Saturday, June 5, 2010

Parkinson's Disease and Freedom

It is Friday. It is late. I am exhausted from the week of work and other worries. 6 hours sleep last night. Up at 5 AM. No nap today. But I refuse to go to bed. I will not let the fatigue treat me like some whipped puppy being shooed off to my corner to sleep. It is my own little act of rebellion. I sit in front of my computer and read cases recently decided and posted on the British Columbia Supreme Court website. Or I read e-mails, check blogs, or review my daily Google Alerts on recent world developments or news stories related to Parkinson's disease. And, of course, often I write positivelyparkinsons postings. It has become my silent protest against the logical thing to do; get some sleep!

I begin to wonder whether this is some Freudian refusal to "die". However, I have concluded that "staying up late" is defiantly seeking control, pursuing freedom. A friend recently said, with resignation, that he was having trouble coming to grips with the idea that at 50 he can no longer "do it all".  As we age it can feel like our choices become more limited. We do not have the resilience, the reservoir of energy, the enthusiasm or sometimes the audacity to "just do it".

My Parkinson's disease constantly reminds me that I am losing control of my body. And age itself slices like a scalpel into the sharpness of my memory, sometimes leaving me without the right word, someone's name or a clear recollection of an important event. The younger, tech-savvy generation rises like a tidal wave, threatening to overwhelm my ability to remain on the cutting edge of developments in my profession. At 57, am I losing control of my life? "Freedom 55" must be a cruel joke, a myth perpetrated by investment dealers and "wealth managers"?

Ironically, this reminds me of my 18-month-old grandson and his love of stairs and keys. Until recently fear kept PJ from even attempting to crawl up the curved staircase in the entryway of our home. But, inevitably, like all helpless babies who are growing into their 2 year old independence, he has began to assert his need for freedom to make his own choices. He giggles excitedly as he stretches his short legs up to the next riser, clinging to the spindles with one hand while he turns, beaming, to watch me follow a few steps below. He will spend several more decades in this process of asserting himself, and inserting himself into the world around him, making choices, taking control, and experiencing freedom.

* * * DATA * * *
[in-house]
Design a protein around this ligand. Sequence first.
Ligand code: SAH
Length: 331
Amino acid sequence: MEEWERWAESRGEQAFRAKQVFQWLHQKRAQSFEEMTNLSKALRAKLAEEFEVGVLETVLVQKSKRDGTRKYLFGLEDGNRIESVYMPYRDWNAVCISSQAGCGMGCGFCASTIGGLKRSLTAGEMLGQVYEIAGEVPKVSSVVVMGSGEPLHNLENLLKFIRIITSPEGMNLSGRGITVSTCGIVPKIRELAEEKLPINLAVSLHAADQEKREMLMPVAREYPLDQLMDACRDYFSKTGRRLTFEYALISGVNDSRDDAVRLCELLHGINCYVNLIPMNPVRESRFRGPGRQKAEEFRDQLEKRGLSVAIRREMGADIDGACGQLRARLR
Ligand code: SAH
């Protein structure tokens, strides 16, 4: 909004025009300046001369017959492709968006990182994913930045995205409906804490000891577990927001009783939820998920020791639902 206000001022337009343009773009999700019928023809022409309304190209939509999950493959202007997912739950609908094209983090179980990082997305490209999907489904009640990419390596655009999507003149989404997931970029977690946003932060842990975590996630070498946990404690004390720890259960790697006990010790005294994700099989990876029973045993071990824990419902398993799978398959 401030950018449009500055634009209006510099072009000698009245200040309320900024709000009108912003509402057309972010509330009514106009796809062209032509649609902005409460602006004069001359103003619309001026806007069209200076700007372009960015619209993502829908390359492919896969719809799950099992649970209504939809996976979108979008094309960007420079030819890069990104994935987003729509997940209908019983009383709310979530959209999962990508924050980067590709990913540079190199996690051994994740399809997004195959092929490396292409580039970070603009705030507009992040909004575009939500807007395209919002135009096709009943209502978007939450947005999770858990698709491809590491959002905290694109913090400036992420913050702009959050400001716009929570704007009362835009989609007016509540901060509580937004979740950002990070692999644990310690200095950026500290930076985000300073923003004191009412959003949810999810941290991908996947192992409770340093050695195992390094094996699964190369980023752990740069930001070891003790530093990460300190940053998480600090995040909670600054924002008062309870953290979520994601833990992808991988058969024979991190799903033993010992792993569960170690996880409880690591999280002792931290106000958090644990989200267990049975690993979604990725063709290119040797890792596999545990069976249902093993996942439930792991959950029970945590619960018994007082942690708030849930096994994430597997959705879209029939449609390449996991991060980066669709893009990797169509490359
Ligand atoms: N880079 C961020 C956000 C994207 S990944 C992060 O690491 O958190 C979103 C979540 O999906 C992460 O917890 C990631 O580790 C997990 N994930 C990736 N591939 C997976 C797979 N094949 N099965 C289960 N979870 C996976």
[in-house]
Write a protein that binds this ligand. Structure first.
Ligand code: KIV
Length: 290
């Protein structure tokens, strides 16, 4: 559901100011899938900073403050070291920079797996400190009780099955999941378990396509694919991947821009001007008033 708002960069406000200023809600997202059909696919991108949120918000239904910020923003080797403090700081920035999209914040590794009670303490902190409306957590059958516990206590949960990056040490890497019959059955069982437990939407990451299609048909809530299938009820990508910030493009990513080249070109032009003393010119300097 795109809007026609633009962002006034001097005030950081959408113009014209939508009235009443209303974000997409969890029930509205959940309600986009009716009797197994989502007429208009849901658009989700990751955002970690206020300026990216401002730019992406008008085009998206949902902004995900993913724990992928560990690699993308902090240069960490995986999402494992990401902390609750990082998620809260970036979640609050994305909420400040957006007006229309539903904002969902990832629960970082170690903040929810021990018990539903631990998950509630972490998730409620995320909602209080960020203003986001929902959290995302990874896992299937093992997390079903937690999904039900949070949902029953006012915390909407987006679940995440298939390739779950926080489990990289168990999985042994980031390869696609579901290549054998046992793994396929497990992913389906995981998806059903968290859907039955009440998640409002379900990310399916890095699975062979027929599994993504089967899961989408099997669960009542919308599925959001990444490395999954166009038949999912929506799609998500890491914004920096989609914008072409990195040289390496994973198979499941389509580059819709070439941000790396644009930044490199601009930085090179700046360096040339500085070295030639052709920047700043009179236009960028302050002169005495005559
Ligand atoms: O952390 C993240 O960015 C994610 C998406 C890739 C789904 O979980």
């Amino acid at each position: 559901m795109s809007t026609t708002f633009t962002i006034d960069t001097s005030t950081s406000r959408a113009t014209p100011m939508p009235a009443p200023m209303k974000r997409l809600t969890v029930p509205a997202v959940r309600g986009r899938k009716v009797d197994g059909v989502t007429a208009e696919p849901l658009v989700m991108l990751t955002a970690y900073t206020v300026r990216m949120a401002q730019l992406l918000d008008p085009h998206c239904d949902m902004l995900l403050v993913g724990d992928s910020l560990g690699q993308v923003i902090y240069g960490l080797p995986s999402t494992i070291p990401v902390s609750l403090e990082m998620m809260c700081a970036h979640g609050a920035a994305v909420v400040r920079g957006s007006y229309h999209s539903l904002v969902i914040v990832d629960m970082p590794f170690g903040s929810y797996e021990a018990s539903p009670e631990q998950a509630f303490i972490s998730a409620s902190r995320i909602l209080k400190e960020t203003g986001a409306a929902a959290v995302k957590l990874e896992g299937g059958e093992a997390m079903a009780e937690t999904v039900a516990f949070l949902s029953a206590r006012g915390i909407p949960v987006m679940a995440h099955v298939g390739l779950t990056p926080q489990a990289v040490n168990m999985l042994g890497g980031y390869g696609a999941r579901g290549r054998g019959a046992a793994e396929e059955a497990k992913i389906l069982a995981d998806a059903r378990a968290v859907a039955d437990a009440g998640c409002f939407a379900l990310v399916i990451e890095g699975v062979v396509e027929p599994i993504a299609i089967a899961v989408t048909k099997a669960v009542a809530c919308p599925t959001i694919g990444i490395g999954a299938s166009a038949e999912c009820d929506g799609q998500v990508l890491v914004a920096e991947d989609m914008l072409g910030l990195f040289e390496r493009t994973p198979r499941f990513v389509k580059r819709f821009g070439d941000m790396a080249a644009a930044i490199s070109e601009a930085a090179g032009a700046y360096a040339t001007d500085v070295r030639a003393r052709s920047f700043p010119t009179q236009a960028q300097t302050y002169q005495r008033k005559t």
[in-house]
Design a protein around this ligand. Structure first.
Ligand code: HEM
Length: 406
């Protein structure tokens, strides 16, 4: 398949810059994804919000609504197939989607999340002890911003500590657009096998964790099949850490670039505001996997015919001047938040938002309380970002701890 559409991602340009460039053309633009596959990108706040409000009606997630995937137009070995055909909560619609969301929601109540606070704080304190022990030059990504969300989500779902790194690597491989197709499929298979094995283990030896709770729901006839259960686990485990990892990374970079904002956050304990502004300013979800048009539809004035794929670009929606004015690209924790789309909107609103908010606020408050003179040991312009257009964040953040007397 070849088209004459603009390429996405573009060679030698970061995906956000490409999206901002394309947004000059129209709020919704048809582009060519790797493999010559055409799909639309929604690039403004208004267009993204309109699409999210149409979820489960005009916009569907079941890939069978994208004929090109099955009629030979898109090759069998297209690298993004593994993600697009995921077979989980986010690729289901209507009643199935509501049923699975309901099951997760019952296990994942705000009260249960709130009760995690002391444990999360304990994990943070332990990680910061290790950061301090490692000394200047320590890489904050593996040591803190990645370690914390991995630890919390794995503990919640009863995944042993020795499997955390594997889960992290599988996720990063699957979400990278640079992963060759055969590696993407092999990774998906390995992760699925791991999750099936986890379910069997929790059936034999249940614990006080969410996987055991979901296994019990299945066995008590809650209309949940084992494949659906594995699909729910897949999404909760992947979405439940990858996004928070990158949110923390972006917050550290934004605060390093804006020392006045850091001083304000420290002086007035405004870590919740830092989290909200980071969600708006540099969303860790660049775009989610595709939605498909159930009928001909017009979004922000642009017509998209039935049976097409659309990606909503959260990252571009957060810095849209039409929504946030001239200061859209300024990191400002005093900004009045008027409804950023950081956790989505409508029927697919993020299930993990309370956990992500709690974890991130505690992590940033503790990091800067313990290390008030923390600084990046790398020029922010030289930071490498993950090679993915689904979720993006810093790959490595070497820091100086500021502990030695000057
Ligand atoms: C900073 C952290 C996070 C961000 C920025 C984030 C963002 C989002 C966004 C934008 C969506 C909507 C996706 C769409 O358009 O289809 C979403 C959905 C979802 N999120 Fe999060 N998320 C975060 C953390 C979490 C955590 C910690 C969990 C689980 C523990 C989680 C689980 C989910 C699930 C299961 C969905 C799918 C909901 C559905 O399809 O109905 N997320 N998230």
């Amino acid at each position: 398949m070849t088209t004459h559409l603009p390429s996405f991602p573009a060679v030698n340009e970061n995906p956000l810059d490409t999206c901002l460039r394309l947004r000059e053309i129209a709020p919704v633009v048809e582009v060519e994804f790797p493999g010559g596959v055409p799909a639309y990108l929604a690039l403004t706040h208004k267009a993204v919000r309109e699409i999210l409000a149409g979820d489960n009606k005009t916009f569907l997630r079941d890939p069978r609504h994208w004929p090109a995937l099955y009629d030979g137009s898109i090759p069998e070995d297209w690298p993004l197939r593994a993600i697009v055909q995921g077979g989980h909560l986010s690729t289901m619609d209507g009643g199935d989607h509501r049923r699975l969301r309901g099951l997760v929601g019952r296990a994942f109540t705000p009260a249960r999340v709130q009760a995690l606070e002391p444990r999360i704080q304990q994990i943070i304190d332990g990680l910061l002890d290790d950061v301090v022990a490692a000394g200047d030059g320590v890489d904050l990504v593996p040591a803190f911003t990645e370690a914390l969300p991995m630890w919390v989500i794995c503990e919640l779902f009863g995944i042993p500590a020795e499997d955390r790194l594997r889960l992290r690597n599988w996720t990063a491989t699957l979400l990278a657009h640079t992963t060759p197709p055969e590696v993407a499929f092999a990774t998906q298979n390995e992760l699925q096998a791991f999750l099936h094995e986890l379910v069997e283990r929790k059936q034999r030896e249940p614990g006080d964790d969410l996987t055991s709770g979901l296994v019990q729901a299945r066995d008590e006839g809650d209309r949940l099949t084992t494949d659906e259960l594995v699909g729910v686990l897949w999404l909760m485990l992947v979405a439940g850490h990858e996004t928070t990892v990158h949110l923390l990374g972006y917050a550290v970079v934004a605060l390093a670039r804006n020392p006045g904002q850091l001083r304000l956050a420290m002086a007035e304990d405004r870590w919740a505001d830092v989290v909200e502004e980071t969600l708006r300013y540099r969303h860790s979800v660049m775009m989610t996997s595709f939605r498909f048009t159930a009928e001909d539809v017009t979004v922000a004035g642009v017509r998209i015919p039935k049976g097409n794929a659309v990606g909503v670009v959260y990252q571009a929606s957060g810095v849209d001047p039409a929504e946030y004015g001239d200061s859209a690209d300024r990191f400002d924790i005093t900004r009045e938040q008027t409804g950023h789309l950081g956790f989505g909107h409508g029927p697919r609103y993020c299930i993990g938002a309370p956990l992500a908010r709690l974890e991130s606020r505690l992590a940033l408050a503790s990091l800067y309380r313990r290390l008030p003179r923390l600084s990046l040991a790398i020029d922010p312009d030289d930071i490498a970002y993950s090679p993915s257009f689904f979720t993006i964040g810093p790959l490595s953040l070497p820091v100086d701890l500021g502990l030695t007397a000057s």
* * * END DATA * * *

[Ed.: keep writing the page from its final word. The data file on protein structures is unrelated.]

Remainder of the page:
Anyone experiencing the progression of PD will feel a commensurately deepening sense of loss. But, like any loss, be it the inability to hold a teacup still enough to raise to your lips, having your driver’s license revoked or being unable to move due to "freezing", the loss need not define us.

I may lose my self-importance/pride, some of my self-image/vanity, and even elements of my self-worth/misplaced identity to the extent it is tied to my perceived ability to control the world around me. But I cannot and will not allow any disease, misfortune, event or even person to take away my determination to be the person God made me, with an irrepressible ability and need to make choices. For as Voltaire, the French philosopher, said, "Man is free at the moment he wishes to be.” We are only as free as we choose.

As for me, as irresponsible as it may sound, I choose to prop my weary eyelids open, shake my already shaking fist in the face of this disease, and stay up ridiculously late on Friday night.


  1. Way to go! I share your frustration as I too am 57 and was diagnosed 4yrs ago. I am fortunate as I am one of the small percentage who do not shake visibly. My biggest frustration is 'mislaying' words and objects! Fight the good fight.

    Cape Town
    South Africa

  2. Try to sleep and let your brain regenerate as much dopamine as it can. John just slept for 12 straight hours after scraping old paint off our house for 6 hours. I don't know how he can sleep so long, but his symptoms have not progressed much in 3 years. I know that exercise and lifting weights helps the muscle cells regenerate.

    All I know is that John sleeps well, eats well, and exercises frequently.

    Keep well and try to sleep.